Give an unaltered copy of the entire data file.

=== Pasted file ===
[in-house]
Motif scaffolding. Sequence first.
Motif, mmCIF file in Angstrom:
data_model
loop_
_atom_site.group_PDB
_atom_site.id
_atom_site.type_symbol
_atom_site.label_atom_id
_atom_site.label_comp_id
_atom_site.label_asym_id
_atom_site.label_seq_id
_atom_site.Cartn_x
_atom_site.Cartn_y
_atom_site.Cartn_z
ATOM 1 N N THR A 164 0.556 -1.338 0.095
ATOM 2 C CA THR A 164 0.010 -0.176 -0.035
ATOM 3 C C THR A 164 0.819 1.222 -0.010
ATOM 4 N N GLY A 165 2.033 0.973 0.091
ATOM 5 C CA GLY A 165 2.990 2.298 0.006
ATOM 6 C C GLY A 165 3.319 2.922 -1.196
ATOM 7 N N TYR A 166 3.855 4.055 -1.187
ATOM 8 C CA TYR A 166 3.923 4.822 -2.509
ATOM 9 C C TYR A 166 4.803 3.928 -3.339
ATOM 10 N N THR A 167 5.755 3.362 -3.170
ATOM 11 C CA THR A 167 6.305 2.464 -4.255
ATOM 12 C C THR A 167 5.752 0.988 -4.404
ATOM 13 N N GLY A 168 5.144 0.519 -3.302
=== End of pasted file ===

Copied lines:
[in-house]
Motif scaffolding. Sequence first.
Motif, mmCIF file in Angstrom:
data_model
loop_
_atom_site.group_PDB
_atom_site.id
_atom_site.type_symbol
_atom_site.label_atom_id
_atom_site.label_comp_id
_atom_site.label_asym_id
_atom_site.label_seq_id
_atom_site.Cartn_x
_atom_site.Cartn_y
_atom_site.Cartn_z
ATOM 1 N N THR A 164 0.556 -1.338 0.095
ATOM 2 C CA THR A 164 0.010 -0.176 -0.035
ATOM 3 C C THR A 164 0.819 1.222 -0.010
ATOM 4 N N GLY A 165 2.033 0.973 0.091
ATOM 5 C CA GLY A 165 2.990 2.298 0.006
ATOM 6 C C GLY A 165 3.319 2.922 -1.196
ATOM 7 N N TYR A 166 3.855 4.055 -1.187
ATOM 8 C CA TYR A 166 3.923 4.822 -2.509
ATOM 9 C C TYR A 166 4.803 3.928 -3.339
ATOM 10 N N THR A 167 5.755 3.362 -3.170
ATOM 11 C CA THR A 167 6.305 2.464 -4.255
ATOM 12 C C THR A 167 5.752 0.988 -4.404
ATOM 13 N N GLY A 168 5.144 0.519 -3.302